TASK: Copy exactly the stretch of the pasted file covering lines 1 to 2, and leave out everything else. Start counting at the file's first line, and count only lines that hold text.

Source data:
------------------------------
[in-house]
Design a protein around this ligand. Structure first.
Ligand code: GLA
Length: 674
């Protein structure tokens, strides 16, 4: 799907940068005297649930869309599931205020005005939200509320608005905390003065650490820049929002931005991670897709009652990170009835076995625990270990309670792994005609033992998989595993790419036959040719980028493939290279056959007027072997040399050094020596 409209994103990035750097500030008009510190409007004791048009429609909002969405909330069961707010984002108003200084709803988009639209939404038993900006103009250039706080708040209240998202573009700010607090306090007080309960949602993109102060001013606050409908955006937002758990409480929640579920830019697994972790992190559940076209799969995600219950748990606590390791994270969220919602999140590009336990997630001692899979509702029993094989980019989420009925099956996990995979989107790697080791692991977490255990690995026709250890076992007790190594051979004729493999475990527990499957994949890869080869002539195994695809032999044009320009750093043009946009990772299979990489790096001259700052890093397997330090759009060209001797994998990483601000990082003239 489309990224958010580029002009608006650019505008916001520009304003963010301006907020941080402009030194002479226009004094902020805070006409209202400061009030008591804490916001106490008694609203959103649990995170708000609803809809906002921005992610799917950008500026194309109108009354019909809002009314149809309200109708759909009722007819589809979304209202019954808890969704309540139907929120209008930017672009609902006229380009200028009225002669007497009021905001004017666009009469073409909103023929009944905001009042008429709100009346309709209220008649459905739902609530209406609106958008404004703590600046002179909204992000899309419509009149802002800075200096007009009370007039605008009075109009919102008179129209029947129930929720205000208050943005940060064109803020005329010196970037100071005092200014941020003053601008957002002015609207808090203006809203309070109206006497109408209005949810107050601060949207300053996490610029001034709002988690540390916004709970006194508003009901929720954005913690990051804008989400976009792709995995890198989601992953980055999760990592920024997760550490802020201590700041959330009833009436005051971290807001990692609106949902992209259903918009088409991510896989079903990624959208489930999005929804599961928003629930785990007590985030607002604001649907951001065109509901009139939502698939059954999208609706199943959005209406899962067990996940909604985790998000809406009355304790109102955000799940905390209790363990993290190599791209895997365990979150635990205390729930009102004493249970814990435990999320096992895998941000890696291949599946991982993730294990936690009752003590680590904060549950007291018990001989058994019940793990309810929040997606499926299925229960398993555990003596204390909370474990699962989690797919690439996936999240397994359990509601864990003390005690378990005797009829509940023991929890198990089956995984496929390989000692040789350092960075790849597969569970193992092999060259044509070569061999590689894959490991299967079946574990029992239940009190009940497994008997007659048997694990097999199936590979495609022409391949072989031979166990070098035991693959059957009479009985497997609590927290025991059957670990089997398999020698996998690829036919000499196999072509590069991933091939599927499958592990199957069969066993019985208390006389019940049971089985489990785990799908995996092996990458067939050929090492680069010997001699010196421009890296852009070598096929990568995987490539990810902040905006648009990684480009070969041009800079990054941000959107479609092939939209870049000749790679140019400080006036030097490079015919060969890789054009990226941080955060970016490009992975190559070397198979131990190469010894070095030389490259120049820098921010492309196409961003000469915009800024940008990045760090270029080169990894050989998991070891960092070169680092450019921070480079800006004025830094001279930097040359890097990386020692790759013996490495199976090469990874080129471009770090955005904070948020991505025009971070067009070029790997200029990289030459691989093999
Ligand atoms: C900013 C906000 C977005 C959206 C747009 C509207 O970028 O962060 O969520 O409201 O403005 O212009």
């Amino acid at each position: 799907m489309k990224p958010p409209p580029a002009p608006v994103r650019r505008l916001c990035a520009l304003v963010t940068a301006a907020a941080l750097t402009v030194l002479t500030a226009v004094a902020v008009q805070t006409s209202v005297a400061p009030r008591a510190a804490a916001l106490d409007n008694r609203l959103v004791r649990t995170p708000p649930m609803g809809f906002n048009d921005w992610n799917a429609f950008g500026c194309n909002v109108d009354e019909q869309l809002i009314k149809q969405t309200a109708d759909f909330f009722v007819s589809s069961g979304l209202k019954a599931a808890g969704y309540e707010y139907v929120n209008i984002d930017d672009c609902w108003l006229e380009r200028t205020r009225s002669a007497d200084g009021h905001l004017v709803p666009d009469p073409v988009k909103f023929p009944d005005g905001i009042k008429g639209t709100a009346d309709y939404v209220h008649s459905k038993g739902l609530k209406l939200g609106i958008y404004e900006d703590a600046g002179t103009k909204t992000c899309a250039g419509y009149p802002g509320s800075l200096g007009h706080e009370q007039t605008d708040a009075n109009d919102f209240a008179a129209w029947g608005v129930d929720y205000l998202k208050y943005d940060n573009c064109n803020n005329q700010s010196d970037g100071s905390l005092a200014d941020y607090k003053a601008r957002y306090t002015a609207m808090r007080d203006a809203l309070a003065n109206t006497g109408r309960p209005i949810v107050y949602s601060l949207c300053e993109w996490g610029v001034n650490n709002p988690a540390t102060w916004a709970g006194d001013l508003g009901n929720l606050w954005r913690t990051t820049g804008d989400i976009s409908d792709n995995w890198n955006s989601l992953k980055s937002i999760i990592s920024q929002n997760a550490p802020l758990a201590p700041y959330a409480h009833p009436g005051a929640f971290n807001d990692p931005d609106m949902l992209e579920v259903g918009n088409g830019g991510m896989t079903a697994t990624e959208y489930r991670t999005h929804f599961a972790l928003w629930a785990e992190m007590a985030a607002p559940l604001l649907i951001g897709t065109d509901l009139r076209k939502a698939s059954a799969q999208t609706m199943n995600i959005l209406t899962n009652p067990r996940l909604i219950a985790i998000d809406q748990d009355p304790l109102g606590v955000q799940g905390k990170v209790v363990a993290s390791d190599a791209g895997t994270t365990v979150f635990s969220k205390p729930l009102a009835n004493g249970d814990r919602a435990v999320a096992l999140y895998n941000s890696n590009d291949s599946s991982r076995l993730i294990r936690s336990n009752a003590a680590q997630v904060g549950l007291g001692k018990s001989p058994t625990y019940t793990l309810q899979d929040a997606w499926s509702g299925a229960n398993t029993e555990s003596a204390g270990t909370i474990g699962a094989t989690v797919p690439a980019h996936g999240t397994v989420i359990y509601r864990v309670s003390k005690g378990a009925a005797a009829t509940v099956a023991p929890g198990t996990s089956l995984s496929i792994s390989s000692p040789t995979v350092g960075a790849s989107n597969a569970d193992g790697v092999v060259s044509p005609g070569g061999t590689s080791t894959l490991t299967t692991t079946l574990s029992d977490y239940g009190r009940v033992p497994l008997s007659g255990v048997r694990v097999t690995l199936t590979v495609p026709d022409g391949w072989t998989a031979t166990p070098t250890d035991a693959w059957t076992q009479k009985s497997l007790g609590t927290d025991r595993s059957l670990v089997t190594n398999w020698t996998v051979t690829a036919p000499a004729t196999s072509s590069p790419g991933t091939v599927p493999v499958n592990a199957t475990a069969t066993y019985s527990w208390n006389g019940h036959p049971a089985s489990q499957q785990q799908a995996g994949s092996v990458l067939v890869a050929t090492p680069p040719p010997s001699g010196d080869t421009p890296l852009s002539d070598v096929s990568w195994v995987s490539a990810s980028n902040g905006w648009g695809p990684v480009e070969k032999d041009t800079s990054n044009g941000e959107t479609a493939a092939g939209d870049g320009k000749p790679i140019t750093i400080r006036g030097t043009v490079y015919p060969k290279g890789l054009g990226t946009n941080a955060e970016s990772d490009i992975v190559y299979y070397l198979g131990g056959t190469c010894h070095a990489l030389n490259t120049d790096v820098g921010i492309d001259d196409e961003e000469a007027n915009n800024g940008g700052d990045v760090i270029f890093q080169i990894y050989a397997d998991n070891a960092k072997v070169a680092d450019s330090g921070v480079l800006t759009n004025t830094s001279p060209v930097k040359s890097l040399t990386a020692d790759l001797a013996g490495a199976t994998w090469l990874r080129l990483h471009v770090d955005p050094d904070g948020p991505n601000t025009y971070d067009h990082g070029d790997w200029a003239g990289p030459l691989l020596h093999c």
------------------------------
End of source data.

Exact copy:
[in-house]
Design a protein around this ligand. Structure first.